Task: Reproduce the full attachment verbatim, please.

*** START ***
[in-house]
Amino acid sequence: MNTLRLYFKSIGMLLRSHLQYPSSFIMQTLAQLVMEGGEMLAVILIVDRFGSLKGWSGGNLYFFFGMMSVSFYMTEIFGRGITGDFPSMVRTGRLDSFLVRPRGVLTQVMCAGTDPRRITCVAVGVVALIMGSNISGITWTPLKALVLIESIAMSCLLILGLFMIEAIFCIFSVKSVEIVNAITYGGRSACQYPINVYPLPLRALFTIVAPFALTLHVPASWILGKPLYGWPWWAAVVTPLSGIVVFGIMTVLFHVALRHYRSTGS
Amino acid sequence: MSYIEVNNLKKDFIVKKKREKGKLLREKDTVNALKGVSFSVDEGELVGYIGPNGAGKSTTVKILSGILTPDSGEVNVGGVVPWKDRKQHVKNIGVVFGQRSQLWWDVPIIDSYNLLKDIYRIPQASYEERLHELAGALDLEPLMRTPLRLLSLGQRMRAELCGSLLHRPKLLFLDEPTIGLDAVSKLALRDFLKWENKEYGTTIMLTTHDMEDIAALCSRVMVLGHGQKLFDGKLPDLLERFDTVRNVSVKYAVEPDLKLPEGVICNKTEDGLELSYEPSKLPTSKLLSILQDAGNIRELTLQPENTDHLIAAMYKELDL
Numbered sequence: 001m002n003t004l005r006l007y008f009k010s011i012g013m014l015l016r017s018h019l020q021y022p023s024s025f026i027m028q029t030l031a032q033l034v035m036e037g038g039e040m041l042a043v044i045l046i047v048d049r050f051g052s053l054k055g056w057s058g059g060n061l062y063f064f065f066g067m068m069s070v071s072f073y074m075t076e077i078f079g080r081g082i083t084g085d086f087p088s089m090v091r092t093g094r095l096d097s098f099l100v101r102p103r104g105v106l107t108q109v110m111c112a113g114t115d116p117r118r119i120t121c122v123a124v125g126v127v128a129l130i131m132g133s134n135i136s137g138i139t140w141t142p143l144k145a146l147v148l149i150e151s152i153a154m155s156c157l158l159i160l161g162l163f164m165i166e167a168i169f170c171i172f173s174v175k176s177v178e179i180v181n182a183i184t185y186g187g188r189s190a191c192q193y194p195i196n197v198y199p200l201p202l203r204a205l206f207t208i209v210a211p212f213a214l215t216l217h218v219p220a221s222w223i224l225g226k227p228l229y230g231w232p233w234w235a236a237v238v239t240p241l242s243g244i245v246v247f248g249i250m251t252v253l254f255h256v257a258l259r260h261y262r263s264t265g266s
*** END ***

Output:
[in-house]
Amino acid sequence: MNTLRLYFKSIGMLLRSHLQYPSSFIMQTLAQLVMEGGEMLAVILIVDRFGSLKGWSGGNLYFFFGMMSVSFYMTEIFGRGITGDFPSMVRTGRLDSFLVRPRGVLTQVMCAGTDPRRITCVAVGVVALIMGSNISGITWTPLKALVLIESIAMSCLLILGLFMIEAIFCIFSVKSVEIVNAITYGGRSACQYPINVYPLPLRALFTIVAPFALTLHVPASWILGKPLYGWPWWAAVVTPLSGIVVFGIMTVLFHVALRHYRSTGS
Amino acid sequence: MSYIEVNNLKKDFIVKKKREKGKLLREKDTVNALKGVSFSVDEGELVGYIGPNGAGKSTTVKILSGILTPDSGEVNVGGVVPWKDRKQHVKNIGVVFGQRSQLWWDVPIIDSYNLLKDIYRIPQASYEERLHELAGALDLEPLMRTPLRLLSLGQRMRAELCGSLLHRPKLLFLDEPTIGLDAVSKLALRDFLKWENKEYGTTIMLTTHDMEDIAALCSRVMVLGHGQKLFDGKLPDLLERFDTVRNVSVKYAVEPDLKLPEGVICNKTEDGLELSYEPSKLPTSKLLSILQDAGNIRELTLQPENTDHLIAAMYKELDL
Numbered sequence: 001m002n003t004l005r006l007y008f009k010s011i012g013m014l015l016r017s018h019l020q021y022p023s024s025f026i027m028q029t030l031a032q033l034v035m036e037g038g039e040m041l042a043v044i045l046i047v048d049r050f051g052s053l054k055g056w057s058g059g060n061l062y063f064f065f066g067m068m069s070v071s072f073y074m075t076e077i078f079g080r081g082i083t084g085d086f087p088s089m090v091r092t093g094r095l096d097s098f099l100v101r102p103r104g105v106l107t108q109v110m111c112a113g114t115d116p117r118r119i120t121c122v123a124v125g126v127v128a129l130i131m132g133s134n135i136s137g138i139t140w141t142p143l144k145a146l147v148l149i150e151s152i153a154m155s156c157l158l159i160l161g162l163f164m165i166e167a168i169f170c171i172f173s174v175k176s177v178e179i180v181n182a183i184t185y186g187g188r189s190a191c192q193y194p195i196n197v198y199p200l201p202l203r204a205l206f207t208i209v210a211p212f213a214l215t216l217h218v219p220a221s222w223i224l225g226k227p228l229y230g231w232p233w234w235a236a237v238v239t240p241l242s243g244i245v246v247f248g249i250m251t252v253l254f255h256v257a258l259r260h261y262r263s264t265g266s